Election-year bureaucracy: Govt in a bind over new picks

Govt buckles up

A massive reshuffle in the bureaucracy is awaiting the government's nod in a year considered crucial in the lead-up to the next election.

The reshuffle includes appointments in three top civil service positions -- cabinet secretary, principal secretary to the prime minister, and Prime Minister's Office secretary.

Besides these, 35 out of the 78 secretaries will go into retirement before the national election due early 2024.

According to Secretariat insiders, the government may face serious challenges in filling up these posts as those who will be promoted to secretary will likely come from the 11th and 13th BCS batches, recruited during the BNP-Jamaat rule between 1991 and 1996.

It faces similar challenges in picking deputy commissioners as they too will likely be from among those recruited through the 21st, 22nd and 24th exams held during the 2001-2006 tenure of the BNP-Jamaat alliance.

Perception is widespread that applicants having affiliations with the ruling party get priorities during recruitments in civil service, and these government officials remain loyal to that party.

As part of the reshuffle, Kabir Bin Anwar, senior secretary of the water resources ministry, may be appointed the cabinet secretary, the highest post in the bureaucracy, since the three-year contract with current Cabinet Secretary Khandker Anwarul Islam expires on December 15, government sources said.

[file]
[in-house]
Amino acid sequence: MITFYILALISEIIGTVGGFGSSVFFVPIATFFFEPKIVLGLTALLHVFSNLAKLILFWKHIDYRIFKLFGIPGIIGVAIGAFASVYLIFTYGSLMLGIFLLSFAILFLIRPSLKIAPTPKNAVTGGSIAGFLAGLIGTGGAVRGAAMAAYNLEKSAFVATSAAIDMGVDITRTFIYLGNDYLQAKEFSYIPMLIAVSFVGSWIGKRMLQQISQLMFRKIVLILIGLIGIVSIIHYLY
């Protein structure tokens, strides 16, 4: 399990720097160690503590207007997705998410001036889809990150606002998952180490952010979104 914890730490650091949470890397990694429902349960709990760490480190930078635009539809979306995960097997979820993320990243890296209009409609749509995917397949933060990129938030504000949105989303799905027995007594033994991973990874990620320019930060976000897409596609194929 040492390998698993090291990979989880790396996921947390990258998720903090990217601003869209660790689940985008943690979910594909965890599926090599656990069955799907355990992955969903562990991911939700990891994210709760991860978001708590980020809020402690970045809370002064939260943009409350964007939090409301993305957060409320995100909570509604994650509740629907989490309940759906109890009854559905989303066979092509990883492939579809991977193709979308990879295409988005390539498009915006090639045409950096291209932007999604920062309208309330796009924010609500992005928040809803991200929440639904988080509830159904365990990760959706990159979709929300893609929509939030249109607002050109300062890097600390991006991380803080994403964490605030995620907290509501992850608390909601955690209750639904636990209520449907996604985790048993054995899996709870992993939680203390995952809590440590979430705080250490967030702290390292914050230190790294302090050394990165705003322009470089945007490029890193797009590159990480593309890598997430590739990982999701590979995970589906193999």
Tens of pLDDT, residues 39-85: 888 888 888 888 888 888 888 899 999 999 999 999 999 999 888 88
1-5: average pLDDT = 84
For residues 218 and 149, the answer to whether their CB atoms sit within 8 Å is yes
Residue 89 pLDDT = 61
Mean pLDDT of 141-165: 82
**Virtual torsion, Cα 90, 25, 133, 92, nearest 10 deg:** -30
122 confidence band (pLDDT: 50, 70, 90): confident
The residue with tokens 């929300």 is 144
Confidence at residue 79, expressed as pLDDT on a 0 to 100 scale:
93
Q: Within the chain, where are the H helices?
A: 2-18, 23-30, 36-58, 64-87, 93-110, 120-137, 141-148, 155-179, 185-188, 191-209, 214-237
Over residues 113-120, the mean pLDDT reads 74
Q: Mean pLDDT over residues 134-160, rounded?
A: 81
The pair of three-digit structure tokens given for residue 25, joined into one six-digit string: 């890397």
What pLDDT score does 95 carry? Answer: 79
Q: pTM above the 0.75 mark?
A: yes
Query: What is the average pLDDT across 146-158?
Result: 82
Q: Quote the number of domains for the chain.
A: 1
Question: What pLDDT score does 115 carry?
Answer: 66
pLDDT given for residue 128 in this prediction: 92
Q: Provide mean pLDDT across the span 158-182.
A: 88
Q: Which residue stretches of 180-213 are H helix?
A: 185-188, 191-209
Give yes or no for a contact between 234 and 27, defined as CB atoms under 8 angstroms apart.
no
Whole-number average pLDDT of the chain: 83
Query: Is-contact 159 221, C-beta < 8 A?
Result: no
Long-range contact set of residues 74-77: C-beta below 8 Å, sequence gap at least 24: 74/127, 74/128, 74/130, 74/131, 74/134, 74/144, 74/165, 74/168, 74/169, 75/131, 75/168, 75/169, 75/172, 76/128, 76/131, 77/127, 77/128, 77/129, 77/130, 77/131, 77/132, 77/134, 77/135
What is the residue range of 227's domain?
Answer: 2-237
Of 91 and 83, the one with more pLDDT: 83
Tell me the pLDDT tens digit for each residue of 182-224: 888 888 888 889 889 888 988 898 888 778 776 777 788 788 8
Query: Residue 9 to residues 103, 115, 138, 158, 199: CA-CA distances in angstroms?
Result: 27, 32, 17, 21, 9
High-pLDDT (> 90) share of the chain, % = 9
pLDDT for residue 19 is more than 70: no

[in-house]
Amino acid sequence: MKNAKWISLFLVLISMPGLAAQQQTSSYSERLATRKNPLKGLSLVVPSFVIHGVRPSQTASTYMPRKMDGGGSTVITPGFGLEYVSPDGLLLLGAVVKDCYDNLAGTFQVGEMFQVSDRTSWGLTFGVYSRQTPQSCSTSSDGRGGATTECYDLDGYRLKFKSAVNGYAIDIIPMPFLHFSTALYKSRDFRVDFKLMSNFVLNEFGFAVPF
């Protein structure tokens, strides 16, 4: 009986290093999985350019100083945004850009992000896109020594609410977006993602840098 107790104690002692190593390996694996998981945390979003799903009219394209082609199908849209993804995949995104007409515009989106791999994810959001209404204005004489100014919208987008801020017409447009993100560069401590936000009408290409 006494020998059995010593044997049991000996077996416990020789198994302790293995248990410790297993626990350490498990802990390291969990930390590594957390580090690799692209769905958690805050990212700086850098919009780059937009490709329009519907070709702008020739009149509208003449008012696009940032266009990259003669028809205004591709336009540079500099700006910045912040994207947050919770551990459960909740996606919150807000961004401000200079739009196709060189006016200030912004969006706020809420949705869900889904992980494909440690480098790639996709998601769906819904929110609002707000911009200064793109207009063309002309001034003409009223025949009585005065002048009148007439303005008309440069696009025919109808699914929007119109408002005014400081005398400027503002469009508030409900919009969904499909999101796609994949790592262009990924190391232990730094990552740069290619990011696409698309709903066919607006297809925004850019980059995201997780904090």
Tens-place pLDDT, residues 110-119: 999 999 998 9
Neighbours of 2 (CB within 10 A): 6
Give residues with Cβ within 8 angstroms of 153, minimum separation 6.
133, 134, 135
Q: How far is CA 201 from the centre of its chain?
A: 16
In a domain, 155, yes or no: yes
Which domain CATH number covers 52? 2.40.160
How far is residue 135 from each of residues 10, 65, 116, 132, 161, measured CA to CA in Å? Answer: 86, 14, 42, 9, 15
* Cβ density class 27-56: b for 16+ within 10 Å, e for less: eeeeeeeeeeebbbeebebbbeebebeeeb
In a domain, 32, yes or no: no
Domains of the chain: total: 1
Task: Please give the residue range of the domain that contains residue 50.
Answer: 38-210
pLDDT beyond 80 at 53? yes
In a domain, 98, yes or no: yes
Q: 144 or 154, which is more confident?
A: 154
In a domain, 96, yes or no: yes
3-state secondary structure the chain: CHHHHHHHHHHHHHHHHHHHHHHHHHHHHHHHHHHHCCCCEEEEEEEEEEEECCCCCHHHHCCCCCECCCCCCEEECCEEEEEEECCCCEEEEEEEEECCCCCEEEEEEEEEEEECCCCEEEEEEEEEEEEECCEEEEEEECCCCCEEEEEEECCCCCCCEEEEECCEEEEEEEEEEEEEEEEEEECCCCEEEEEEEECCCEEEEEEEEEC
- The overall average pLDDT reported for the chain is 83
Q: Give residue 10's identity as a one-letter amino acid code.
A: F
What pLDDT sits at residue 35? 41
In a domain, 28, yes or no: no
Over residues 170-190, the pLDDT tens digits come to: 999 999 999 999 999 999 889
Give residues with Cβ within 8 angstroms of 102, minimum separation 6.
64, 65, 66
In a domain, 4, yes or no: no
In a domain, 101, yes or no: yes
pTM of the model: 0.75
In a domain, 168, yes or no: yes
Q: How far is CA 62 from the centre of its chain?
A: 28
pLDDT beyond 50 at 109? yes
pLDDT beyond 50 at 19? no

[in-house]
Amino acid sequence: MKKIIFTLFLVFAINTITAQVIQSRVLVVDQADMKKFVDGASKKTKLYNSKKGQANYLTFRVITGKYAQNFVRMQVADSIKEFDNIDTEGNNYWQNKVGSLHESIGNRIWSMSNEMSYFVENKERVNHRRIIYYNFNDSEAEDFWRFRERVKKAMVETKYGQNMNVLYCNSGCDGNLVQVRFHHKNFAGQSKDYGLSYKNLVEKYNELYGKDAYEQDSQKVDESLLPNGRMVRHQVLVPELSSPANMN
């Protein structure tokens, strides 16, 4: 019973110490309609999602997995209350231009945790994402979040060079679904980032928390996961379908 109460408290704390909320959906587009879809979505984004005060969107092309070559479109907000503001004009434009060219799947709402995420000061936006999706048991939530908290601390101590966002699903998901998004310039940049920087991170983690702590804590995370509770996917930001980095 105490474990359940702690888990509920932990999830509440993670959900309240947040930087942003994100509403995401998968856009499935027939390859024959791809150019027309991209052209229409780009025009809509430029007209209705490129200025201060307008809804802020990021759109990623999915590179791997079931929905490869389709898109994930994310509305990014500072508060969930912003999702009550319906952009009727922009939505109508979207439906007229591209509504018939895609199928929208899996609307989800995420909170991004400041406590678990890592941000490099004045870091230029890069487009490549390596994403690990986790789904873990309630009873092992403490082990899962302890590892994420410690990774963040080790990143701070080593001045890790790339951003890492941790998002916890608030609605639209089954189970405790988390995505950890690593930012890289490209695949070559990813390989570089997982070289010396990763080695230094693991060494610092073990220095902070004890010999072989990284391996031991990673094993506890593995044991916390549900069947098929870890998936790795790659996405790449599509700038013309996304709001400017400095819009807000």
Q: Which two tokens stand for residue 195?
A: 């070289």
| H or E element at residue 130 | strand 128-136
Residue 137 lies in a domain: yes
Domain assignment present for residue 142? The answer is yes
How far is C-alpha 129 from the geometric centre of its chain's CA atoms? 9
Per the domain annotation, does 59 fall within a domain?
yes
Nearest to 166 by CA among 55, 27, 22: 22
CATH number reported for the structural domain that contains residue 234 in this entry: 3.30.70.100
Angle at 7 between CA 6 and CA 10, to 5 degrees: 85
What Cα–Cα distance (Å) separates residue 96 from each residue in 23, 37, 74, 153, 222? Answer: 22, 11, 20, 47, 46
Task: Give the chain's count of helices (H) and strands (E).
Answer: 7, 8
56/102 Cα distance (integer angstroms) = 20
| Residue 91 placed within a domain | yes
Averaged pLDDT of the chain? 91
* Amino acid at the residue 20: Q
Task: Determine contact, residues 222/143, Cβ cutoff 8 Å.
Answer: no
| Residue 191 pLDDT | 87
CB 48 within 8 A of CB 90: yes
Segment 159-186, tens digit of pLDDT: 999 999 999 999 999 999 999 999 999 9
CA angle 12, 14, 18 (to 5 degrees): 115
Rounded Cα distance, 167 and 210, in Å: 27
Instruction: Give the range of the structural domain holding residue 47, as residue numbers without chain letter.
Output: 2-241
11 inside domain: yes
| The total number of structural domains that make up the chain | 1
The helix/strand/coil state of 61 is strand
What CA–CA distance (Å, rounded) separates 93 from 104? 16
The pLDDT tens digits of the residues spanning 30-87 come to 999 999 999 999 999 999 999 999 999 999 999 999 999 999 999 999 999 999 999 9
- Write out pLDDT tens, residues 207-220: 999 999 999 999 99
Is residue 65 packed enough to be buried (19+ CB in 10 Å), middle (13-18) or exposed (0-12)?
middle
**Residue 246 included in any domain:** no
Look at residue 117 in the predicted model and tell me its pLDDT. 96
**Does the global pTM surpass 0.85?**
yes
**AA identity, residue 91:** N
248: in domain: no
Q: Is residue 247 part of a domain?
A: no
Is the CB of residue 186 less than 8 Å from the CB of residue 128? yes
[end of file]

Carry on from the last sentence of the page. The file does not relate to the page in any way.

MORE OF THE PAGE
If Kabir Bin Anwar joins office on December 18, he will get only 13 working days to serve as the cabinet secretary, as he is slated to go on post-retirement leave (PRL) on January 3. In this situation, the government may opt to extend his tenure.

When the government appointed Khandker Anwarul Islam as the cabinet secretary on 28 October 2019, he only had two weeks to go on PRL. His tenure, since then, has been extended twice.

Tofazzel Hossain Miah, senior secretary at the Prime Minister's Office, is likely to be the PM's principal secretary, as the contract of incumbent Principal Secretary Dr Ahmad Kaikaus expires on December 31.

Kaikaus was bid farewell at the last cabinet meeting on November 28. He is going to join World Bank Group as alternate executive, replacing Mohammad Shafiul Alam, the last cabinet secretary, said sources.

On the other hand, Mohammad Salahuddin, PS-I to the PM (additional secretary), may get promoted as the PMO secretary, according to the sources.

Changes have already been made at the public administration ministry, which is responsible for recruitments, promotions and changes in civil bureaucracy.

For example, Mohammed Mezbah Uddin Chowdhury joined as senior secretary there on November 2, as his predecessor KM Ali Azam, also a senior secretary, went on PRL on October 31.

Later, the government appointed Azam as a member of Bangladesh Public Service Commission, suspending his PRL and related benefits.

Of the 35 or so secretaries set to go on PRL before the 12th general election, 11 will start their PRL by the end of this month -- six of them on December 31. The rest 24 will go next year.

According to the public administration ministry's website, 78 secretaries and 399 additional secretaries are now working at different ministries and divisions.

The timing of the retirement of a whopping number of top civil servants in a span of one year means the government will have to fill up this vacuum with the election just round the corner.

There is no recent precedent of such a large number of senior bureaucrats going into retirement in such a short time.